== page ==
Meaningless Buzzwords Used to Sell Health Products

Posted by in Tip of the week, What if...?

Eating well and living a healthy lifestyle is more confusing these days than it’s ever been. With so many new health trends and products on the market, it’s hard to know what information to listen to. Many companies misuse trendy marketing terms to sell products that have no scientifically proven benefits. Learn to read nutrition labels and be wary of these popular buzzwords being used to sell health foods and products.


Every few months there’s a new superfood trend that takes the internet by storm, like goji berries, kale or quinoa. These foods are toted for their nutritional benefits and alleged detoxifying properties. Since there is no legal definition of a ‘superfood’, it’s an easy term to abuse. Nutritionally speaking, all fruits and vegetables are superfoods with different vitamins and minerals that are important to keeping us healthy.


Foods and drinks labeled ‘diet,’ ‘low-carb,’ or ‘sugar-free’ are often filled with chemicals. Take artificial sweeteners for example. Studies have shown these products can actually increase your hunger cravings later on. Make sure you take time to read the nutritional labels on foods. That’s where you’ll get the real information.


Vitamins and energy drinks often promise you will be less fatigued and more invigorated by the consuming them. Truthfully, vitamins do not give you energy, because they contain no calories. Energy drinks contain some calories in the form of sugar, which are quickly absorbed and used up by the body, often resulting in a crash later. The stimulants in energy drinks, such as caffeine, have more of an effect on your nervous system. After consuming one of these drinks, you may feel more alert temporarily, but this effect soon fades. Possible side effects include increased heart rate, blood pressure, and adrenalin. These side effects can have a long term negative impact on your body, if consumed in large quantities.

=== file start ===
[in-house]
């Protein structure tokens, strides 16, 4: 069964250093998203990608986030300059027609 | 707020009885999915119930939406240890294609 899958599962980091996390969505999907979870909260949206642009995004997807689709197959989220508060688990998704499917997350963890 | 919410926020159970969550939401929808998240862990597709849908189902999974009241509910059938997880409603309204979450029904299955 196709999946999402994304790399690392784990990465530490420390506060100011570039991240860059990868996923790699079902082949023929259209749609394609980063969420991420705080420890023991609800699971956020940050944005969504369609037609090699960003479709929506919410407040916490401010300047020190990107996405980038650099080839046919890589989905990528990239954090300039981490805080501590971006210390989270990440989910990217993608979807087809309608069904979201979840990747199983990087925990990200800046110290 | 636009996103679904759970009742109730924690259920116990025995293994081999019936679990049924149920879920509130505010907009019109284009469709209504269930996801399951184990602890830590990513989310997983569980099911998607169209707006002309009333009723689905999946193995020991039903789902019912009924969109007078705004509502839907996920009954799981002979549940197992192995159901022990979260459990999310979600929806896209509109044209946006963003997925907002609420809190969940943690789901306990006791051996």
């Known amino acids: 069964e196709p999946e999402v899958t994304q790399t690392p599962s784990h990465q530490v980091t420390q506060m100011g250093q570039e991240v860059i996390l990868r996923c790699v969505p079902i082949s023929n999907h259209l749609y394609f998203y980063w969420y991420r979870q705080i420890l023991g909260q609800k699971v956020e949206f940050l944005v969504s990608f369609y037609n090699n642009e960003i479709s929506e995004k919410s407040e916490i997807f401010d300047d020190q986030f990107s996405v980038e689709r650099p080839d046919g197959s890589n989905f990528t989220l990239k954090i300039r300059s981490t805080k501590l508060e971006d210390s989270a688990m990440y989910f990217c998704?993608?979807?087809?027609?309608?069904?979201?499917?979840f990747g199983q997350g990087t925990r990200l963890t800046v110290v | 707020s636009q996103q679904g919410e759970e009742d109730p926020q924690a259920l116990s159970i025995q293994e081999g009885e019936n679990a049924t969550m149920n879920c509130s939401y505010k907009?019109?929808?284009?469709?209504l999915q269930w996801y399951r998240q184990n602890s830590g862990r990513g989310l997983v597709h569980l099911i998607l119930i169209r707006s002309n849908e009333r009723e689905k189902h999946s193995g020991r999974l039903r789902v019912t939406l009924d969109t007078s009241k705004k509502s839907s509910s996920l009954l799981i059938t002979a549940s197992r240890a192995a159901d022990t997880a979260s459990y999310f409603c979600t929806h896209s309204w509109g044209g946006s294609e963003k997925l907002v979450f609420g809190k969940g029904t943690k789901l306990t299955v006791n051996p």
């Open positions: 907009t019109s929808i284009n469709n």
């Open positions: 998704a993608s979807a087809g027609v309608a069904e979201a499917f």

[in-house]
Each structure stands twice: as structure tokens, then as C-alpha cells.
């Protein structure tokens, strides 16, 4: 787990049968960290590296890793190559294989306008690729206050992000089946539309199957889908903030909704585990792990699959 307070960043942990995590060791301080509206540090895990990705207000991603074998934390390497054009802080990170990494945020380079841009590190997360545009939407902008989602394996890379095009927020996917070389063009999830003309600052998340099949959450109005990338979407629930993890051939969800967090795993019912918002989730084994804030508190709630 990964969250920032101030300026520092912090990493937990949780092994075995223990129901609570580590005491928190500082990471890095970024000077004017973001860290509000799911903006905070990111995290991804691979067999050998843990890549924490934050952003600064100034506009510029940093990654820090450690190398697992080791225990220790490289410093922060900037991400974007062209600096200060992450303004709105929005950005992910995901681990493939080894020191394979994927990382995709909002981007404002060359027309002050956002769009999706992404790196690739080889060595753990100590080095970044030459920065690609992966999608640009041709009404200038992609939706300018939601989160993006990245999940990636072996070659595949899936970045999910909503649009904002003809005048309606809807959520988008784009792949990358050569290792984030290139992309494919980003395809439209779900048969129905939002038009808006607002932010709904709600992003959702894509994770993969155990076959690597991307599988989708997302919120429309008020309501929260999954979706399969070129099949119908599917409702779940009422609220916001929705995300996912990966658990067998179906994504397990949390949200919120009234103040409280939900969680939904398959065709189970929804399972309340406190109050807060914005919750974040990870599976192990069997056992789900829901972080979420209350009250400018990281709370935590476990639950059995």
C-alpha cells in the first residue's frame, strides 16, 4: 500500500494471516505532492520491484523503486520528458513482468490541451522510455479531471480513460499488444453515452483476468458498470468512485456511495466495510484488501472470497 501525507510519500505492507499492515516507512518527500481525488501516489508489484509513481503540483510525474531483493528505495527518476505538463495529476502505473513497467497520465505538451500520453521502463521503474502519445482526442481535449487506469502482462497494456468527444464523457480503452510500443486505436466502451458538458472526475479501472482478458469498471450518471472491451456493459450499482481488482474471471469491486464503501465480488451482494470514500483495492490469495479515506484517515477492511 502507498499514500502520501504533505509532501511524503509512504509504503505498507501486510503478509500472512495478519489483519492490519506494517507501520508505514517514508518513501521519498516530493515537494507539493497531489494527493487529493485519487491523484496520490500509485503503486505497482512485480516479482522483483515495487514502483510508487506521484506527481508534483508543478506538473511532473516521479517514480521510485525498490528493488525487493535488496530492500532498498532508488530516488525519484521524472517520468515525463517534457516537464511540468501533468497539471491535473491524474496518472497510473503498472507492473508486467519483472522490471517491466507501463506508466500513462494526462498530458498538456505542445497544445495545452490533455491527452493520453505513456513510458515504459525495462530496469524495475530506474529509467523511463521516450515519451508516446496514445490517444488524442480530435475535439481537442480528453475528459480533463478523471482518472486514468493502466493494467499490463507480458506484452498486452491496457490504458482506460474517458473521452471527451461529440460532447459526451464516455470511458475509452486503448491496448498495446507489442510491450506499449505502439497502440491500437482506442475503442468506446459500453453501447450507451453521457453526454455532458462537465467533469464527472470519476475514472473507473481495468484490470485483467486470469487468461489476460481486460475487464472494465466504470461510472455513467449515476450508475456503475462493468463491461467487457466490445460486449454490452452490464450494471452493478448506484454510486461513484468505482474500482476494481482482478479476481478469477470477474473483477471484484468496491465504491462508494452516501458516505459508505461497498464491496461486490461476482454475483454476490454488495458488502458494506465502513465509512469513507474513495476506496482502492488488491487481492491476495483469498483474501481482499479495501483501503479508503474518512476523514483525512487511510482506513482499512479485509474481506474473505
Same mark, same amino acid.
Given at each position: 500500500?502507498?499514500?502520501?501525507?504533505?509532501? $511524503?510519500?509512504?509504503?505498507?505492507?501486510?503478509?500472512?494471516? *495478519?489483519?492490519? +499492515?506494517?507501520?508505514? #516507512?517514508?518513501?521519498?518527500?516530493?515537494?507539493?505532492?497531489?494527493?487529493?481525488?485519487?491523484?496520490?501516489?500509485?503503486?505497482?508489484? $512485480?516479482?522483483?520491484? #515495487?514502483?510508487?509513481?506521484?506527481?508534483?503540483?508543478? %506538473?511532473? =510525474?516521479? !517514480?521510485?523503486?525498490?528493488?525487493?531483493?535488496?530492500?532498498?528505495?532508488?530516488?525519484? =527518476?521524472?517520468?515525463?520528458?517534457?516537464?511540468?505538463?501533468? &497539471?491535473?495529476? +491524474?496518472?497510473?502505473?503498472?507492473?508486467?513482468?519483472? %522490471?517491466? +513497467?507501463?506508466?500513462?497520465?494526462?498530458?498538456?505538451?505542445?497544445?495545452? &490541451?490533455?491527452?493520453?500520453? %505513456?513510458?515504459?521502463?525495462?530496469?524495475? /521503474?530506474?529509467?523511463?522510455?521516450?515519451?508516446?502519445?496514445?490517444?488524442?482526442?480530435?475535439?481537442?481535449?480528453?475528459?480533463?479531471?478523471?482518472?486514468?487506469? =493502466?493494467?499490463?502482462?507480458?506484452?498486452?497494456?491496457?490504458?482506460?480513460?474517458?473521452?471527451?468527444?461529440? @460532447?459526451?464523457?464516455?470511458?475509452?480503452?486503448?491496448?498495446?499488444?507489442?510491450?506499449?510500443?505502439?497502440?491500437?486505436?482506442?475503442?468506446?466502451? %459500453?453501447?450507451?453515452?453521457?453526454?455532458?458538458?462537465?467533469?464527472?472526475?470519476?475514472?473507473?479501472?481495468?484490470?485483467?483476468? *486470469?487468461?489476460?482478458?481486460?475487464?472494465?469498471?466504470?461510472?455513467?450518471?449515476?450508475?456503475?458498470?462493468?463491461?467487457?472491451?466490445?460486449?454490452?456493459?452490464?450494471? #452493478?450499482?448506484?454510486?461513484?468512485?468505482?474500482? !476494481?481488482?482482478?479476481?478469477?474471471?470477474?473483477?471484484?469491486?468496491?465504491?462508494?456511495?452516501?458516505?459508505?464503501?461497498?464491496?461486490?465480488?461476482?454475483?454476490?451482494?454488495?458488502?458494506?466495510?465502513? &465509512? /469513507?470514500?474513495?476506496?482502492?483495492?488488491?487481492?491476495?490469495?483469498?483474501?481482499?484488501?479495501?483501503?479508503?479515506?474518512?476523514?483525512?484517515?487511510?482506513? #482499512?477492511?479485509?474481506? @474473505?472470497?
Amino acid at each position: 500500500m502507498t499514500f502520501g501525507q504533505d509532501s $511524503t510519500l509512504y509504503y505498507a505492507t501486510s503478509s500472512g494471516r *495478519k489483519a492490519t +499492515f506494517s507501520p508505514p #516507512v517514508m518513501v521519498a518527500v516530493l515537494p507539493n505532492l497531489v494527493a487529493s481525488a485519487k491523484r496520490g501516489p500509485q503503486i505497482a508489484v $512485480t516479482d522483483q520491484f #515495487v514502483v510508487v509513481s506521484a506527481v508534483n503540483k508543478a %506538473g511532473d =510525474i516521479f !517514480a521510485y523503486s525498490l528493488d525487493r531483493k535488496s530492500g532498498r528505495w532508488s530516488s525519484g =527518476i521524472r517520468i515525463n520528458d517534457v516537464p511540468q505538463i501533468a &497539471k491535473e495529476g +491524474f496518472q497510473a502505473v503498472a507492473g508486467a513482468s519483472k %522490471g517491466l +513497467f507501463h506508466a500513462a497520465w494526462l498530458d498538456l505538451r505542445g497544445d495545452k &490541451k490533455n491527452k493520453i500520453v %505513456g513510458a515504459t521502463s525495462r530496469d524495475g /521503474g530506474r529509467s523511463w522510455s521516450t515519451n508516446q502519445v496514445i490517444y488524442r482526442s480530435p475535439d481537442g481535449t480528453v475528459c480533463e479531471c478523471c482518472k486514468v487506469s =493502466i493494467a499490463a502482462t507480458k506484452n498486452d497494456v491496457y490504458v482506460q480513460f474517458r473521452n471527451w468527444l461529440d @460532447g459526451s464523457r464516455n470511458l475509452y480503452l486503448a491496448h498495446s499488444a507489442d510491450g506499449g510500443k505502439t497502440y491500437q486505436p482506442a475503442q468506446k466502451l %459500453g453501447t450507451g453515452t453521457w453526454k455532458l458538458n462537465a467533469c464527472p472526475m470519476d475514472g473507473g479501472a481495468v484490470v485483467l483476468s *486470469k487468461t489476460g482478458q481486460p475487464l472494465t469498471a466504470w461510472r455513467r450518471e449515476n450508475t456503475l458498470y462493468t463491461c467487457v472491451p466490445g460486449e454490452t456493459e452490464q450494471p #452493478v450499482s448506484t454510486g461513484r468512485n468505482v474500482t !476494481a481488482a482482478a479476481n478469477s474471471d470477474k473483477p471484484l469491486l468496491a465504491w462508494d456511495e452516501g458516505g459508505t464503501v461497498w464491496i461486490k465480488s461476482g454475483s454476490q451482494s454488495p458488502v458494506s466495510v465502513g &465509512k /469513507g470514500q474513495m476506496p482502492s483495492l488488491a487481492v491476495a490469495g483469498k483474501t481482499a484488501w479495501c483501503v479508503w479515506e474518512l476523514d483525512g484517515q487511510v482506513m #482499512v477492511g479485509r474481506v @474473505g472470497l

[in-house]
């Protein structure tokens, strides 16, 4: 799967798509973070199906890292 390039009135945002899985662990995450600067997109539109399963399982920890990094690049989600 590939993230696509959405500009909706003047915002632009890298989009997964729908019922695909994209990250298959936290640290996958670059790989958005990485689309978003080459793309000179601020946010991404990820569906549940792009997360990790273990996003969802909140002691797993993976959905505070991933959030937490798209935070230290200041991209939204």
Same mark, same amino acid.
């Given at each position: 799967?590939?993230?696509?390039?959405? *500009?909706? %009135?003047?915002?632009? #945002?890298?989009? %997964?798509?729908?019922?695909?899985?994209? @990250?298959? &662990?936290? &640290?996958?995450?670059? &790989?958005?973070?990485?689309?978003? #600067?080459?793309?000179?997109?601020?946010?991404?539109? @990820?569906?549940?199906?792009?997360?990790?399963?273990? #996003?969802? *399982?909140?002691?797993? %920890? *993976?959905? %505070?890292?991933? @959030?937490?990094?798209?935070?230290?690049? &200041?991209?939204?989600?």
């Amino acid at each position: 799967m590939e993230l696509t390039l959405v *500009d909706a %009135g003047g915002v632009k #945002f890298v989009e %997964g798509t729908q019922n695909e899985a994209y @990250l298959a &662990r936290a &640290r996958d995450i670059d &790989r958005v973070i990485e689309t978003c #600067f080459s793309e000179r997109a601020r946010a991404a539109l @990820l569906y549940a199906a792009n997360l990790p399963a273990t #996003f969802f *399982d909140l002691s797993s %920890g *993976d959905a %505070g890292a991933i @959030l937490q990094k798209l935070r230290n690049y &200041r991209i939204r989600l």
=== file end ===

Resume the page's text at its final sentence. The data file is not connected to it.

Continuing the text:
Detoxify / Cleanse

These are probably the two most common words used today to sell you useless products. You can find books and products selling month-long cleanses, 14-day detoxes, 7-day cleanses, and even one or two-day programs. Currently, no research exists to support any regimen that detoxifies or cleanses your body. Your body is built with organs that continually cleanse and detoxify, primarily the kidneys and liver. If you eat a healthy diet that supports these organs, you are as clean and toxin-free as you can be.


This word is used to sell many products from supplements and drinks to skin care and hair products. Most people have no idea what vitality means, but hearing the word in the context of supplements leads people to believe that these products can replace a healthy lifestyle. Not smoking, sleeping well, regular exercise, and eating well will give you all the vitality you need.

Boost Metabolism

Your metabolic rate refers to the number of calories you expend at rest. Many supplements promise weight loss by boosting metabolism. Green tea, spices, and coffee beans have all been touted to boost metabolism. While pills containing ephedrine and caffeine do increase metabolism, their use is accompanied by dangerous consequences, such as increased heart rate, increased blood pressure, irritability, anxiety, stress on adrenal glands, stroke, and possibly, death. Also, once you stop taking these pills, your metabolism reverts back to your norm.

The best thing you can do for your health is get quality sleep, exercise daily, drink plenty of water and eat a diet rich in vegetables, lean proteins and whole grains.

You might like the following articles:

The Detox Myth

The Problem with ‘Superfoods’